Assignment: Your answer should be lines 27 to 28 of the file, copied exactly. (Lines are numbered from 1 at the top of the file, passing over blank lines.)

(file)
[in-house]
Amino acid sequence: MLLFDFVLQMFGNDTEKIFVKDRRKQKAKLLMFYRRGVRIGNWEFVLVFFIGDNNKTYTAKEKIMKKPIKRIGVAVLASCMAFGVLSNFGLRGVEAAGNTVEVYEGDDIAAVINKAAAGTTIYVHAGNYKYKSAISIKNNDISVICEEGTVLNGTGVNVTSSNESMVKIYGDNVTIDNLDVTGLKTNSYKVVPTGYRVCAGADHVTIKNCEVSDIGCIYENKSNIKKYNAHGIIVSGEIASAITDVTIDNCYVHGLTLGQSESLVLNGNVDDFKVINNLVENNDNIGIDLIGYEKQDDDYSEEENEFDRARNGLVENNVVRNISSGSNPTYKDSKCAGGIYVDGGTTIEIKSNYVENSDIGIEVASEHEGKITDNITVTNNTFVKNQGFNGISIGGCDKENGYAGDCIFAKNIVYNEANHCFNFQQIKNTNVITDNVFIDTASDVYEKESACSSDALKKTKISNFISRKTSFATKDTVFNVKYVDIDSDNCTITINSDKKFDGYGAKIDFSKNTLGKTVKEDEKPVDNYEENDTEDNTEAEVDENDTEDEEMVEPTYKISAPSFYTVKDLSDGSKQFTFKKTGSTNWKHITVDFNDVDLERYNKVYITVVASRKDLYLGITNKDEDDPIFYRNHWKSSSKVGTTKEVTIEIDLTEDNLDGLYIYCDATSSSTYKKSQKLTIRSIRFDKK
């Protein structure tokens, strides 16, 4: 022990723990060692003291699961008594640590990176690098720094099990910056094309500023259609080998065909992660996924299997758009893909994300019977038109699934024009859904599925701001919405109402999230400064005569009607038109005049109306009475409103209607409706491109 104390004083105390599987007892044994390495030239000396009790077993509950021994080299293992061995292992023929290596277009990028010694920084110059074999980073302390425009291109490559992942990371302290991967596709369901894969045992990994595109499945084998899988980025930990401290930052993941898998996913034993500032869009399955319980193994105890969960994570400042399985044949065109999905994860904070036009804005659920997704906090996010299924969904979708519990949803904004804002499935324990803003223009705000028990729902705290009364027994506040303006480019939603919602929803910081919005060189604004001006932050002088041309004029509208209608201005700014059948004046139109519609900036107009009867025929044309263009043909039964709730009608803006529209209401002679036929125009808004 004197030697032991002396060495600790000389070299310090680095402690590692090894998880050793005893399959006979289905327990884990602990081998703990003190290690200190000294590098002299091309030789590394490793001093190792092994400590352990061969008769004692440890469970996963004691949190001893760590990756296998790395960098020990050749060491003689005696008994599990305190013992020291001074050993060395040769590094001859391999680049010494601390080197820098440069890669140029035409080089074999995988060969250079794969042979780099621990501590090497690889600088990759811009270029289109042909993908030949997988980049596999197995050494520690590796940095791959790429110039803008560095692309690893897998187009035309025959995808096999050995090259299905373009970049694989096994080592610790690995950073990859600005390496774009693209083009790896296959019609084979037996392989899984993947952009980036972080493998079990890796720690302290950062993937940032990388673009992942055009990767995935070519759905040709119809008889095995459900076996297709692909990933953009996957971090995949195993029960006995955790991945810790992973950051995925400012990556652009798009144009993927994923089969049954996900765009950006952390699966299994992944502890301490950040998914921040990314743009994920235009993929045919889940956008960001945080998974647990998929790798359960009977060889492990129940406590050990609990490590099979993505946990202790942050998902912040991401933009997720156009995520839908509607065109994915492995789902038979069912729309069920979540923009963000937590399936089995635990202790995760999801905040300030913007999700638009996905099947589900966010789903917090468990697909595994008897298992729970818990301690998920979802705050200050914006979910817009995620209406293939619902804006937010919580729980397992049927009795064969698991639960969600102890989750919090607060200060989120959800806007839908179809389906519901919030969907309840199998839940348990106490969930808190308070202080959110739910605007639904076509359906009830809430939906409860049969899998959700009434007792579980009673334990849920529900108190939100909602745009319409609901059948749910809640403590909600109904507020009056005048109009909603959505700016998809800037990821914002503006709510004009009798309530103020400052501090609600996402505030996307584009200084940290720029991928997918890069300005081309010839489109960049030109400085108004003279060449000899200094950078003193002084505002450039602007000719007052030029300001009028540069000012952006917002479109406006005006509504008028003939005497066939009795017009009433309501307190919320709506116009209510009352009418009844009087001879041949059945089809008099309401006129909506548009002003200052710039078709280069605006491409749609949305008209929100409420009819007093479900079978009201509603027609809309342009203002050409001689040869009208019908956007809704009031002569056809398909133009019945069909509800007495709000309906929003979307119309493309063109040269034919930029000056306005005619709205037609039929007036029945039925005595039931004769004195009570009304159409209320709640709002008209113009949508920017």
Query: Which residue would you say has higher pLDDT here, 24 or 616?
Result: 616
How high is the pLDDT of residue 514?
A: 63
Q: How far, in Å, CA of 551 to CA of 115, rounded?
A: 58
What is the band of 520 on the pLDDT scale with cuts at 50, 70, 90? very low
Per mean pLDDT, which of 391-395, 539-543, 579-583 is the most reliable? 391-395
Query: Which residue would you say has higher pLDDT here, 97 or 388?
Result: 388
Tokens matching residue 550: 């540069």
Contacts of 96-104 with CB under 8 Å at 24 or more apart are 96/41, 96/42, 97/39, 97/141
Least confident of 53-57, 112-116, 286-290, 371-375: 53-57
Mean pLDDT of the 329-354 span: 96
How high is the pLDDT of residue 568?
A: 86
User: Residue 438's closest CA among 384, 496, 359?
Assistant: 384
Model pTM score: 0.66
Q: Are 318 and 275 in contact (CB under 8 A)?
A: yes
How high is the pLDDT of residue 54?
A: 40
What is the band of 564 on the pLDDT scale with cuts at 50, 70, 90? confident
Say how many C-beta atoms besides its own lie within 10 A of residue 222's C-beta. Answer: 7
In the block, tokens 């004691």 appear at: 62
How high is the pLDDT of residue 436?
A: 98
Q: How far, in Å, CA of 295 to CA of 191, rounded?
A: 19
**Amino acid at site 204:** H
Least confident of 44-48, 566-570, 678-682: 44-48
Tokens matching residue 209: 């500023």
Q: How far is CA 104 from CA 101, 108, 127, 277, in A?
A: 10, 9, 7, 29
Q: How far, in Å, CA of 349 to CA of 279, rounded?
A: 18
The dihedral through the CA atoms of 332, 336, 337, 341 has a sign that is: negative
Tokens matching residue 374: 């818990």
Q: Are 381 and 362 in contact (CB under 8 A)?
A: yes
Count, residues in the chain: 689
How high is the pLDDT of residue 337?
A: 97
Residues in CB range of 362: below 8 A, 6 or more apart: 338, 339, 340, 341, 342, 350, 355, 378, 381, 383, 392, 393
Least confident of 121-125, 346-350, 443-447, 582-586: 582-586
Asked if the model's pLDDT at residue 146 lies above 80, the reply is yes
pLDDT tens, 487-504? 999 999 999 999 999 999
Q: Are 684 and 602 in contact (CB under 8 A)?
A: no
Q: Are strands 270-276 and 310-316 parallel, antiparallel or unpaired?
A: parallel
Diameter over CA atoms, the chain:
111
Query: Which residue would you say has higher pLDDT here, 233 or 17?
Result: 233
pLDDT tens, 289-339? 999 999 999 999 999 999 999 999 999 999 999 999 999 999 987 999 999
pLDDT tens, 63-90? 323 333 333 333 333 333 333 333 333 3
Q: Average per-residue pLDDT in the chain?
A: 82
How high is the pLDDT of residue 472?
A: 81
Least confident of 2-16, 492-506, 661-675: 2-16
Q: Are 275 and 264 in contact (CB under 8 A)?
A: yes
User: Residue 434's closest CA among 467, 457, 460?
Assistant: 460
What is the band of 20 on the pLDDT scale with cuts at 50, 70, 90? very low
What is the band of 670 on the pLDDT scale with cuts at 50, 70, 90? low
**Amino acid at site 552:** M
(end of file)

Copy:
What is the band of 564 on the pLDDT scale with cuts at 50, 70, 90? confident
Say how many C-beta atoms besides its own lie within 10 A of residue 222's C-beta. Answer: 7